Bait and Tackle for Catching Eels


Undoubtedly the best bait for eels in general is the lobworm, but it should be remembered that such a bait will also attract the smaller eels (and small fish of all kinds). Naturally if you are after real specimens you do not want to be bothered with small fry. Therefore you should select a bait that is too much of a mouthful for the smaller eels to manage, for example part (or whole if it is very small) of a small dead fish, which would be a

ROACH, RUDD, BLEAK, Or GUDGEON. Some anglers employ sprats for this purpose but they are not always obtainable. In the Thames, whole dead BLEAK are real killers.

Whether you use the whole fish or half at a time, make sure that the hook is well buried. A baiting needle is a great help as it enables you to draw the hook length through the body and out the other end, drawing the hook well in.

Particularly large lobworms, pieces of meat, or offal have also proved to be good eel bait.


The tackle for normal eel fishing should be a stout rod of the leger or pike-spinning type and a line around 4.5 kg (10 lb) breaking strain of monofil nylon. Hooks can be the usual black-japanned, eyed type, or a good forged pattern around No. 4 in size. A pierced bullet or barrel lead should be run up the line and a link-spring swivel attached to the end.

Mount your hooks to monofil of about 22 cm (9 ins) in length and of slightly less breaking strain than your line. Make sure your knots are good (have as few knots as possible). Use a half-blood knot with at least six turns to attach the hook to the monofil and a figure-of-eight knot for the loop at the other end. For this class of fishing, most anglers like to watch a float; a cork float or bung once known as the Fishing Gazette pattern ranging from 2.5-3.5 cm (1-1+ ins) is popular.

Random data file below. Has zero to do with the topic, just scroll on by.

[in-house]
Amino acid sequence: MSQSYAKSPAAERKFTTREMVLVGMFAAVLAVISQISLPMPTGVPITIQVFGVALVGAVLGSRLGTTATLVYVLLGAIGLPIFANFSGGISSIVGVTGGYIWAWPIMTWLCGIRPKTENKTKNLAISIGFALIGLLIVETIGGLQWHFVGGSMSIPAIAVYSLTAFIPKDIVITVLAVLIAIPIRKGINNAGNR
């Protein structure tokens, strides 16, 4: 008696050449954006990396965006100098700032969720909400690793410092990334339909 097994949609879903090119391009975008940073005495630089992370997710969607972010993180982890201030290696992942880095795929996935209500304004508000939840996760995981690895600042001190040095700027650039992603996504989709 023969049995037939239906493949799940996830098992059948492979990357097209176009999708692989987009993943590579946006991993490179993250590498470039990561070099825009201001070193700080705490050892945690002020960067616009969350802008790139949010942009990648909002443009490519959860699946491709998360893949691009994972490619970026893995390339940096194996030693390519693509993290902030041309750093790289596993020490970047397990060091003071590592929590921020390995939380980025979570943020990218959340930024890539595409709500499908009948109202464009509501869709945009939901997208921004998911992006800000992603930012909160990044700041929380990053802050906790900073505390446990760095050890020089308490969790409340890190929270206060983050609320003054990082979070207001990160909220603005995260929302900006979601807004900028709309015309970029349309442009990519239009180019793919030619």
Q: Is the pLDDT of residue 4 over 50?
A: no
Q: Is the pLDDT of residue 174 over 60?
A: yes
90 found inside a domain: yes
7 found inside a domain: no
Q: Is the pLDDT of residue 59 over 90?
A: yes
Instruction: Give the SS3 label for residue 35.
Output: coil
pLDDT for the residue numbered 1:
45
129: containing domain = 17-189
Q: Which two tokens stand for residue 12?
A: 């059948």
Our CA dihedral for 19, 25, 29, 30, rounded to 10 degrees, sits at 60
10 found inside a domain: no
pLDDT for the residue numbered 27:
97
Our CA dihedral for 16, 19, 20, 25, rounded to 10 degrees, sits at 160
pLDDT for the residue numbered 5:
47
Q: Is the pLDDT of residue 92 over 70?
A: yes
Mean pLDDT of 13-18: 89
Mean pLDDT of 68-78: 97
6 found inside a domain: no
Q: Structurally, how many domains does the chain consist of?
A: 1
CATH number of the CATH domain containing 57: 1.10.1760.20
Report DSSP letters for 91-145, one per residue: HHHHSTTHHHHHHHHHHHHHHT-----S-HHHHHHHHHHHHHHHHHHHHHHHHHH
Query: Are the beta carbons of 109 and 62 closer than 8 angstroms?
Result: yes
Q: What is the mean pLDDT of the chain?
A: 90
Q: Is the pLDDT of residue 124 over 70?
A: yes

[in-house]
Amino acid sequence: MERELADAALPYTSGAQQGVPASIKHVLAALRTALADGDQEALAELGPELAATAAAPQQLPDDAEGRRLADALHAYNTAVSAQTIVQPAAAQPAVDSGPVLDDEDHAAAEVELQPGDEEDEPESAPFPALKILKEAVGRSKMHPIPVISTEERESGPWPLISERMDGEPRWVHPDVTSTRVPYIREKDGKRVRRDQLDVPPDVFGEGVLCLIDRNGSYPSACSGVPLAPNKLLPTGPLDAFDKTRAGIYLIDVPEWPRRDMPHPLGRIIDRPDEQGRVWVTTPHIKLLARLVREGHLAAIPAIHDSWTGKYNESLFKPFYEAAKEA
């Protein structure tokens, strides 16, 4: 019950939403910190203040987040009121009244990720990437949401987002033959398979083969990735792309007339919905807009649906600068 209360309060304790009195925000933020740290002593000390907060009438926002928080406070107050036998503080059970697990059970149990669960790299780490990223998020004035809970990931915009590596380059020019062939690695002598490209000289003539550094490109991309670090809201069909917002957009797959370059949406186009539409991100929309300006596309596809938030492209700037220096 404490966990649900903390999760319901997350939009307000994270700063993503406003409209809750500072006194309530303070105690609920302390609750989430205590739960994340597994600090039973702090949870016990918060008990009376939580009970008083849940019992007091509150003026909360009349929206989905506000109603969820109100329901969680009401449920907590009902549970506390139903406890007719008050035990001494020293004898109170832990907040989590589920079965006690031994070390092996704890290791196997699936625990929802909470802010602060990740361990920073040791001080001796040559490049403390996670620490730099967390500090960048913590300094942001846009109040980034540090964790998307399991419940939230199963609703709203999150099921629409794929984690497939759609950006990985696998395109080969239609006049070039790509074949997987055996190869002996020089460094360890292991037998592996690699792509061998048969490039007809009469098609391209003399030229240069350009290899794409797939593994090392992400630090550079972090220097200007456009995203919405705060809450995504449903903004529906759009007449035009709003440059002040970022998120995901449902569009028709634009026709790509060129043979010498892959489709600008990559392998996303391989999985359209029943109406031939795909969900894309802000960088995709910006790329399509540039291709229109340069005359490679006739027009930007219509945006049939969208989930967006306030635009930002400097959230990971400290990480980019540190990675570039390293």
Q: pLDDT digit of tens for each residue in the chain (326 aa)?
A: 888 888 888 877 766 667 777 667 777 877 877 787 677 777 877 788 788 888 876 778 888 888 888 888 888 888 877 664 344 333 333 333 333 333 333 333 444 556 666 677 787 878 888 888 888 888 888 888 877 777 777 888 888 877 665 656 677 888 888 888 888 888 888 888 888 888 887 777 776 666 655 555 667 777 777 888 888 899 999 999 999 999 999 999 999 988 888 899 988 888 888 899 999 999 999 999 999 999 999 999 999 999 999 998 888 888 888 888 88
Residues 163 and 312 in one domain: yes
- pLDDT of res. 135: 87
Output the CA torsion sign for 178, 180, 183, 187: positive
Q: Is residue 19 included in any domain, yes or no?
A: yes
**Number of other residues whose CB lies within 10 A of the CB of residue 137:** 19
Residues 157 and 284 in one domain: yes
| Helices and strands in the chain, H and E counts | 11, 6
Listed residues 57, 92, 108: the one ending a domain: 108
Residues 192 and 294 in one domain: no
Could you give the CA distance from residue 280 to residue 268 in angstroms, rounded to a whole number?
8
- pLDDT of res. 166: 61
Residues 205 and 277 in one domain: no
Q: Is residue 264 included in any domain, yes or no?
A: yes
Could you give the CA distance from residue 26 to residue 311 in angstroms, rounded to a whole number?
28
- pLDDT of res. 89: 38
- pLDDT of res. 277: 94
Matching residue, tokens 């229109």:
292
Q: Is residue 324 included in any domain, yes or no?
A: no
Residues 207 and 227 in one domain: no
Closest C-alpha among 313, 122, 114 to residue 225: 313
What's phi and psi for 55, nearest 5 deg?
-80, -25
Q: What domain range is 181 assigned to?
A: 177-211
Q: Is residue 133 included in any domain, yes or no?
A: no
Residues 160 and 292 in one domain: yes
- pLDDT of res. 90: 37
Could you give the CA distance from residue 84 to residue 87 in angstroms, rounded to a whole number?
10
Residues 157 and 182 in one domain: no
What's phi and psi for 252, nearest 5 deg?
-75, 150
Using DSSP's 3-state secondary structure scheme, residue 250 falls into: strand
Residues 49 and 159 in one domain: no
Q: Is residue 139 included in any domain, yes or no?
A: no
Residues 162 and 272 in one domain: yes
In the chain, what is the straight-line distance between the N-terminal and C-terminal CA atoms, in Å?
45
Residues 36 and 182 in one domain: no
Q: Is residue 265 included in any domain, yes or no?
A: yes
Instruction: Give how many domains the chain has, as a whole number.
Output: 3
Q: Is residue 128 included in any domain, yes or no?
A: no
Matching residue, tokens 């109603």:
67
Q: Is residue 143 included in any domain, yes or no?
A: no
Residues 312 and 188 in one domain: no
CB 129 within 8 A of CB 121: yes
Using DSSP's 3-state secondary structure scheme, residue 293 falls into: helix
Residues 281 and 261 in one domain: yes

The use of a swivel when fishing for eels is essential, not only to counteract any spin from the fish itself, but to assist in the easy removal of the hook, especially if you are after the big ones. If a plain swivel is used, attach this to the reel line with a half-blood knot, pass the loop of the hook length through the other end, and pull tight, as you would when putting a hook to nylon on your looped line.

Choice of a reel is important. You can use a fixed-spool type, but I think a good centre-pin not less than 10 cm (4 ins) in diameter is preferable. This gives much better control over a hard-fighting eel. Fill it well with line in order to get as quick a recovery as possible.

If you want to catch outsize eels, then you must use tackle of ample strength. An ideal outfit is a good, stout pike rod or light sea rod of 2.7-3 m (9-10 ft). The line should be not less than 9 kg (20 lb) monofil. Hooks should be of good-quality forged pattern, mounted to stout nylon. Some anglers use wire, such as Alasticum, which is non-corrosive. A reminder : do not forget to use a swivel.

15. July 2011 by admin
Categories: Coarse Fishing, Eel, Fish | Tags: , | Comments Off on Bait and Tackle for Catching Eels


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